USSR: Union of Soviet Socialist Republics. At first, the name does not refer to a territory, but to an idea — world revolution. Its borders will be those of the uprising that has triumphed in Russia, and later of those expected to triumph elsewhere. In the top left corner of a huge red flag, a hammer and sickle symbolises the new state, the first national anthem of which is The Internationale.The founder of the USSR is internationalist, no question. Lenin spends much of his life as a professional revolutionary in exile in Munich, London, Geneva, Paris, Krakow, Zurich, Helsinki… And he takes part in almost all the major debates of the workers’ movement. In April 1917 he returns to Russia, where the Revolution has broken out and the tsar has abdicated. As his train is crossing Germany at the height of the Great War, he hears The Marseillaise, a song that symbolises the French Revolution for many of his comrades. In many respects, this represents a more significant reference point in Lenin’s writing than the history of tsarist Russia. Doing as well as the Jacobins — ‘the best models of a democratic revolution and of resistance to a coalition of monarchs against a republic’ (1) — and lasting longer than the Paris Commune are his obsessions. Nationalism has no part in it.
If Donald Trump is going to use WW2 to justify his UN speech, it would be good if he got his facts right
When, oh when, will our politicians/statesmen/dictators – mad or moderately sane – stop using the Second World War as a yardstick for their hatred and pride? Trump turned his hand to it in his UN speech – in a passage clearly written by others, but woefully out of context – when he uttered the following historical perspective:“From the beaches of Europe to the deserts of the Middle East to the jungles of Asia, it is an eternal credit to the American character that even after we and our allies emerged victorious from the bloodiest war in history, we did not seek territorial expansion or attempt to oppose and impose our way of life on others.”
After the tragic events in the US following proposals to remove the statues of General Robert E Lee, the commander of the Confederate Army in the Civil War, Donald Trump claimed that as George Washington was also a slave-owner, the two can be equated.
There is a figure of Southern gentleman popular even in “progressive” literature. Recall Horace from Lillian Hellmann’s Little Fixes, a benevolent patriarch with a weak heart who is horrified by his wife’s plans for the brutal capitalist exploitation of their property. Look at Atticus Finch from To Kill a Mockingbird who, as it is revealed in the sequel, also had a racist streak. Confederacy was not about slavery but about protecting a local “way of life” from the brutal capitalist onslaught. These left-liberal iconic figures of conservative bucolic-patriarchal anti-capitalism sincerely help Southern black people when they are oppressed and falsely accused, but their sympathy stops when people of colour begin not only to fight but also to question the actual freedom provided by the Northern liberal establishment.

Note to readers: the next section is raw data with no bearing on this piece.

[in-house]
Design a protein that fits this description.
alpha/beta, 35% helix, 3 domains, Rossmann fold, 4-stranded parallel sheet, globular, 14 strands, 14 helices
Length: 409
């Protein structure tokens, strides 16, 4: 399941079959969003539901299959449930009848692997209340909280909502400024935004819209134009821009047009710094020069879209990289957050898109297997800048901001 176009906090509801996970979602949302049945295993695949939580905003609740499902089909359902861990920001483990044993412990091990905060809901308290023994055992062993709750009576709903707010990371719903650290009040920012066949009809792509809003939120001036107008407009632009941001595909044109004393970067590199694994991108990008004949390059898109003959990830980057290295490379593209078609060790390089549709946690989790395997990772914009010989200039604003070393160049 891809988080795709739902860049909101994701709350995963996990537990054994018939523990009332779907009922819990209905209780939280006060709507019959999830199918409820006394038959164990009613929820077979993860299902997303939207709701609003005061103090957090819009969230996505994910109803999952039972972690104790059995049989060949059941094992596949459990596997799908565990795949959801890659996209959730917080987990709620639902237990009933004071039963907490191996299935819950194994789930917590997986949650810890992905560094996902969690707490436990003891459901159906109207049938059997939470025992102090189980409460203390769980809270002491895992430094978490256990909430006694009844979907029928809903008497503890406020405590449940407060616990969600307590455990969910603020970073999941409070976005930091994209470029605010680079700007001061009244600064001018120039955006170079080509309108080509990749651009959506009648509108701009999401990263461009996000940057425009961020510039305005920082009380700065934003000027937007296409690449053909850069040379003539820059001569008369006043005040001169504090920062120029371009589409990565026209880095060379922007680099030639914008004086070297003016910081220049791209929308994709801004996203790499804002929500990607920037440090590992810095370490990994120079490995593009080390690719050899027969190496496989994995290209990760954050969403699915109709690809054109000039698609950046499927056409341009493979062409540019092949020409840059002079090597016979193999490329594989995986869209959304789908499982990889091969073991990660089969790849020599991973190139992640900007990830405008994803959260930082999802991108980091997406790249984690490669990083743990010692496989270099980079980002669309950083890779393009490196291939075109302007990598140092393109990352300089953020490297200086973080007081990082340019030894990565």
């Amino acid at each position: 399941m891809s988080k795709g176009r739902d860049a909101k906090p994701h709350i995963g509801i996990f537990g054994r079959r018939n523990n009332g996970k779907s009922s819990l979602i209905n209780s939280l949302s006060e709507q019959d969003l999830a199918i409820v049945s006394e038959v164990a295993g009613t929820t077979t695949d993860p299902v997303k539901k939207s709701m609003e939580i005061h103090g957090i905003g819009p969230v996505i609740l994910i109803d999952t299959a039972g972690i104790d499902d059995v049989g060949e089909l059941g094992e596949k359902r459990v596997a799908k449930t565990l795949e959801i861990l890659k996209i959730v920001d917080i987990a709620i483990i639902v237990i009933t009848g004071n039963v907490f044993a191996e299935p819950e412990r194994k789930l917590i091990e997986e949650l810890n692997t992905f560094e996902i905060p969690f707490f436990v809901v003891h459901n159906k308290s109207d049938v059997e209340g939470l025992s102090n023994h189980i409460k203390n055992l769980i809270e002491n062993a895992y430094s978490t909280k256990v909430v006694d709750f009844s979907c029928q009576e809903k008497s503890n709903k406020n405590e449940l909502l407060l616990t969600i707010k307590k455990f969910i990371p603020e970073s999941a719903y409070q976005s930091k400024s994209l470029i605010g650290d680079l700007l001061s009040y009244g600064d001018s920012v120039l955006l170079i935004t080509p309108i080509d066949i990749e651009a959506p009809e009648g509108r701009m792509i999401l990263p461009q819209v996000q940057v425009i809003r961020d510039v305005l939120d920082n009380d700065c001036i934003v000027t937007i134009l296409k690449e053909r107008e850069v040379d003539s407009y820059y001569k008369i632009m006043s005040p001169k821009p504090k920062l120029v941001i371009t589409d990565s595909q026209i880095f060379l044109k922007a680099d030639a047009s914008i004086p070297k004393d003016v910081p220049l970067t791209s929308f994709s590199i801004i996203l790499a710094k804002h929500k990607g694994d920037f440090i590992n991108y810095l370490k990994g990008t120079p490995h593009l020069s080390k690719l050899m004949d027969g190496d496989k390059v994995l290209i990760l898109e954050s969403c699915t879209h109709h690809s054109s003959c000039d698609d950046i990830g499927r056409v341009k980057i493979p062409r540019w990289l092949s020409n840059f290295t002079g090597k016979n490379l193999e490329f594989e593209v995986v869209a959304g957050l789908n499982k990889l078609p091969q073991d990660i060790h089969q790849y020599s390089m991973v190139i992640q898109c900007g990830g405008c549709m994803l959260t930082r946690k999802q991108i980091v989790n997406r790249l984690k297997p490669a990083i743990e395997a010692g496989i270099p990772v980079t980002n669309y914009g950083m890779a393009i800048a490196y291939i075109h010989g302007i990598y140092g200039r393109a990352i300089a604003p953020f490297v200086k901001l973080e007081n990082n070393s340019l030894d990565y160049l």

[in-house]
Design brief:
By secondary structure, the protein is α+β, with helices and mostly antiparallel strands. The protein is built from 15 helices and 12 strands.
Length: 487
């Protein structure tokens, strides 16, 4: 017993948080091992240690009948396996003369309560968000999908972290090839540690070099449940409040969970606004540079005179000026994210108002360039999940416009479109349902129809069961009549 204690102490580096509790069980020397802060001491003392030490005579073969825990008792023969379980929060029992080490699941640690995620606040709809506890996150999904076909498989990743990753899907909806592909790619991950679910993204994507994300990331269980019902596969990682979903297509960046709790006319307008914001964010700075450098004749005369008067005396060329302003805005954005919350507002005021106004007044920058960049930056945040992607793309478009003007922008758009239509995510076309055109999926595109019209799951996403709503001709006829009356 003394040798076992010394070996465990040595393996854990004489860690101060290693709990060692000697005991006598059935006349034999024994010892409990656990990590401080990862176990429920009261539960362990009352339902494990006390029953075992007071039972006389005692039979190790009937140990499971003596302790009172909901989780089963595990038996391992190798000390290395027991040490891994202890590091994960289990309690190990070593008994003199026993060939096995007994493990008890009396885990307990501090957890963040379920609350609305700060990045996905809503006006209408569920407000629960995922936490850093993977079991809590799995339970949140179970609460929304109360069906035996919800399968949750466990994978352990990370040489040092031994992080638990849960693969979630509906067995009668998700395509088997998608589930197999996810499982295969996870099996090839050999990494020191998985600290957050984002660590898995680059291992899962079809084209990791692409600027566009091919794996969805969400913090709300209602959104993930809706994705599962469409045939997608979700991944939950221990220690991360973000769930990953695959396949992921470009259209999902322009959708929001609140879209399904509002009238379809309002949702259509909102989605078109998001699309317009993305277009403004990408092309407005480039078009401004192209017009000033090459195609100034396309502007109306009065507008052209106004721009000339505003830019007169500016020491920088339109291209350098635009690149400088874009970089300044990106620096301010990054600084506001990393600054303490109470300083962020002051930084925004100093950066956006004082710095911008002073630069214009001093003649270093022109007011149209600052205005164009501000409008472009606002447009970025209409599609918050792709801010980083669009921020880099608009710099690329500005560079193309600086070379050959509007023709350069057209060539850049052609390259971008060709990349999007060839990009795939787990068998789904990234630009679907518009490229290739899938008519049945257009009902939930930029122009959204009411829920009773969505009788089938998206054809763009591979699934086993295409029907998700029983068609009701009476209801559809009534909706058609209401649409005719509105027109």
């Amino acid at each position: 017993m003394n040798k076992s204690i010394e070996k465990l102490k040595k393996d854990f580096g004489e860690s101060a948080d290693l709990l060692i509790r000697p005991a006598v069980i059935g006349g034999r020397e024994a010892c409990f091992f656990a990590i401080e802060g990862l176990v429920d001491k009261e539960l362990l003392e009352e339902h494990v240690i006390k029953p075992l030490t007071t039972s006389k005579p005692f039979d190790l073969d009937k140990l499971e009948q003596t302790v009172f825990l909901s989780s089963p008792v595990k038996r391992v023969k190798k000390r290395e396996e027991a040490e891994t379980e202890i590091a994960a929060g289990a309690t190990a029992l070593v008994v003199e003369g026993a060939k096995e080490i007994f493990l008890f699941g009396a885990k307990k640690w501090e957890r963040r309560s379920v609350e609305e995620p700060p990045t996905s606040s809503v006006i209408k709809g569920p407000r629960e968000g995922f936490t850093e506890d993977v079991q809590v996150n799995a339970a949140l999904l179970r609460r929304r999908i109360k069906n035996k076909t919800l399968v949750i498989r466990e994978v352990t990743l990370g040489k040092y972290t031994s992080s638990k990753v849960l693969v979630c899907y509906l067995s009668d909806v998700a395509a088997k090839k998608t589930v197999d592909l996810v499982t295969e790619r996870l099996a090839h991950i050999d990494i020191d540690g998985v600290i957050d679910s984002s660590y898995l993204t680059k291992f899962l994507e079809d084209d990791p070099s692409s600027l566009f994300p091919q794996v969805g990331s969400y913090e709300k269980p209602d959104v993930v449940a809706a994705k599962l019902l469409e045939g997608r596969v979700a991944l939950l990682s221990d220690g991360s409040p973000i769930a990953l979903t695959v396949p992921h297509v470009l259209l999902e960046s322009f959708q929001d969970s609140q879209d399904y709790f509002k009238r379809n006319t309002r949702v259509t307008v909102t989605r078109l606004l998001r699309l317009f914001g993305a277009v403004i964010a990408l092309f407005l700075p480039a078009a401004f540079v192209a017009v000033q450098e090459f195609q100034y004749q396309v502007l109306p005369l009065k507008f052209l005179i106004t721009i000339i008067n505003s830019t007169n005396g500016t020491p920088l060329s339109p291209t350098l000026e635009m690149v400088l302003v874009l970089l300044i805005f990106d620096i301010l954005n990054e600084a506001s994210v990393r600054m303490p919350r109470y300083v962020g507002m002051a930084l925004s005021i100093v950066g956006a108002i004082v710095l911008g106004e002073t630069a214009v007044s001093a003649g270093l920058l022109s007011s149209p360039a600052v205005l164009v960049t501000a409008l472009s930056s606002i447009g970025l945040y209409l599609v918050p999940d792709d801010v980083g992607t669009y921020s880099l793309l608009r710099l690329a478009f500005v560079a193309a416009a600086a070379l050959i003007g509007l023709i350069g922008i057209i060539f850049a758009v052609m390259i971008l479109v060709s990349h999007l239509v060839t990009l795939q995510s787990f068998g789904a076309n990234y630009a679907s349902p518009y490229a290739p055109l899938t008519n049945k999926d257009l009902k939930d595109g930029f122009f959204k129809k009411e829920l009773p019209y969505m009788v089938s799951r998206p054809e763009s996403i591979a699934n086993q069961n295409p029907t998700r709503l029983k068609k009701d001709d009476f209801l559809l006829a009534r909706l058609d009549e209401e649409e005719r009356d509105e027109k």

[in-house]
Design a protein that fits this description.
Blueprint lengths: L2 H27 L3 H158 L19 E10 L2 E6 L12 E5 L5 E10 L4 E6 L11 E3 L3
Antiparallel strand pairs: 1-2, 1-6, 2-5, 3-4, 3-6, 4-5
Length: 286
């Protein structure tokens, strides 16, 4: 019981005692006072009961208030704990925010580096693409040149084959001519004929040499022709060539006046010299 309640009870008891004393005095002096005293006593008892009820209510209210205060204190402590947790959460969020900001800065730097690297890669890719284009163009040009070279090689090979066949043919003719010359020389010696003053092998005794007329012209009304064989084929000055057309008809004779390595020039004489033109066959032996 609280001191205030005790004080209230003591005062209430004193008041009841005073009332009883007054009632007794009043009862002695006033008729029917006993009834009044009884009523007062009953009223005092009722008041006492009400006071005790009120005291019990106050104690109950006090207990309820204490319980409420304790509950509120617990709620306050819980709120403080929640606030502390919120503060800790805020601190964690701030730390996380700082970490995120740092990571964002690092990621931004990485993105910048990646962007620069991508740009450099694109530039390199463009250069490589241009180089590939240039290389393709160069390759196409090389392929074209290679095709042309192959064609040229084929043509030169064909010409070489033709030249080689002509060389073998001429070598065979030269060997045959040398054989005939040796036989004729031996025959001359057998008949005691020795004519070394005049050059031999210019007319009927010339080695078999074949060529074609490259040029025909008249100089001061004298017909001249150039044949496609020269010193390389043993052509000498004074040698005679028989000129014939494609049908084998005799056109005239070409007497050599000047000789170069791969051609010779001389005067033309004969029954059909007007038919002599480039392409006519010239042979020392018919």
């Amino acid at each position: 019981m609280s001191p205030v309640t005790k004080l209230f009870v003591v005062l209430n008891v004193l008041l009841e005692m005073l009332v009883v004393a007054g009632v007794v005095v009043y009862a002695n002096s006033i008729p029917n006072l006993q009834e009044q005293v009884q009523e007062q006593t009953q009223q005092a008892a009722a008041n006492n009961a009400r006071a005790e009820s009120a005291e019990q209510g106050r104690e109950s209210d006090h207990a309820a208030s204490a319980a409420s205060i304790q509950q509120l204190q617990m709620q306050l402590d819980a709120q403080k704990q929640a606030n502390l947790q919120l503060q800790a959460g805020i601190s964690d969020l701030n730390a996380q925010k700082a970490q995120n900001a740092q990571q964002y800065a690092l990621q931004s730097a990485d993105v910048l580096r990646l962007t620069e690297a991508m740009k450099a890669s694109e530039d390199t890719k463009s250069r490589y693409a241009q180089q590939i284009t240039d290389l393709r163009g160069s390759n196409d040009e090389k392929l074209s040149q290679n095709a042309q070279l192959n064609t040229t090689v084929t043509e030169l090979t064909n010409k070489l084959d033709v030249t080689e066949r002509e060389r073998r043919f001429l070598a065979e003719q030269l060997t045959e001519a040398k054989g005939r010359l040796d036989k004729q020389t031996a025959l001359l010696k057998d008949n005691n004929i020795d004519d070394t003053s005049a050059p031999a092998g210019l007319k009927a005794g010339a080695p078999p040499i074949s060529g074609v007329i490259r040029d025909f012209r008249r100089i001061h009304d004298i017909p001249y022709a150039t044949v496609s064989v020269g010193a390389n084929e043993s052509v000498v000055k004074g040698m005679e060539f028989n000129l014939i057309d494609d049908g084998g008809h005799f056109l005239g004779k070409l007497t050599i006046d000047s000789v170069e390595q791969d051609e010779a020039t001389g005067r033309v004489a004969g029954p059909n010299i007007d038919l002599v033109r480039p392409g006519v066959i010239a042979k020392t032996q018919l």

Si è scritto molto sulla foto di Angelo Carconi che ritrae un poliziotto che accarezza una ragazza eritrea durante lo sgombero con gli idranti di piazza Indipendenza, a Roma. Lo sguardo tra i due ci parla di una relazione complicata (ambigua, coloniale, violenta) cominciata verso la fine del diciannovesimo secolo e mai terminata. Tracce di questa storia sono ancora presenti nel quartiere dove è avvenuto lo sgombero, tra piazza Indipendenza e la stazione Termini. Qui si sono intrecciate la storia delle prime migrazioni dal Corno d’Africa e la storia del colonialismo italiano.Negli anni settanta del secolo scorso il Corno d’Africa era in fiamme. Si scappava dalle dittature. I somali scappavano da Siad Barre, gli etiopici-eritrei dal sanguinario Menghistu Hailè Mariàm. Le terre del corno si tingevano di sangue e l’Italia, di cui molti conoscevano già la cultura, fu considerata naturale terra d’approdo. L’Italia infatti – anche dopo la fine del colonialismo storico – ha avuto su quelle terre una forte influenza ideologica. Basti pensare che fino al 1974 le scuole in Somalia erano italiane, perché dire Italia era come dire Europa. E anche ad Asmara, in Eritrea, portare i figli alla scuola italiana era non solo prestigioso per le famiglie, ma anche una chiave d’ingresso (almeno molti lo speravano) assicurata per il futuro.
Trump’s claim that a general dipped bullets in pigs’ blood is fake news – but the US massacre of Moro Muslims isn’t
I don’t know what the people of Barcelona think about Trump’s demented and repulsive tale of bullets and pig’s blood – but I know what Mark Twain would have said. He was the finest American political writer of his time – perhaps of all time – and he wrote with bitterness, sarcasm and disgust about the US military’s war crimes in the Philippines in 1906. No doubt Trump would have approved of them.As so often, there’s no proof – and thus no truth – to the story that General Pershing ever told his soldiers to execute Filipino fighters with bullets dipped in pigs’ blood. Besides, Pershing had left the islands and the Philippine-US war was officially over when the Americans slaughtered the Moro Muslims in their hundreds – men, women and children – in what became known as the Battle of Bud Dajo. With Trump-like enthusiasm, Republican President Theodore Roosevelt congratulated the US commanders on their “brilliant feat of arms”.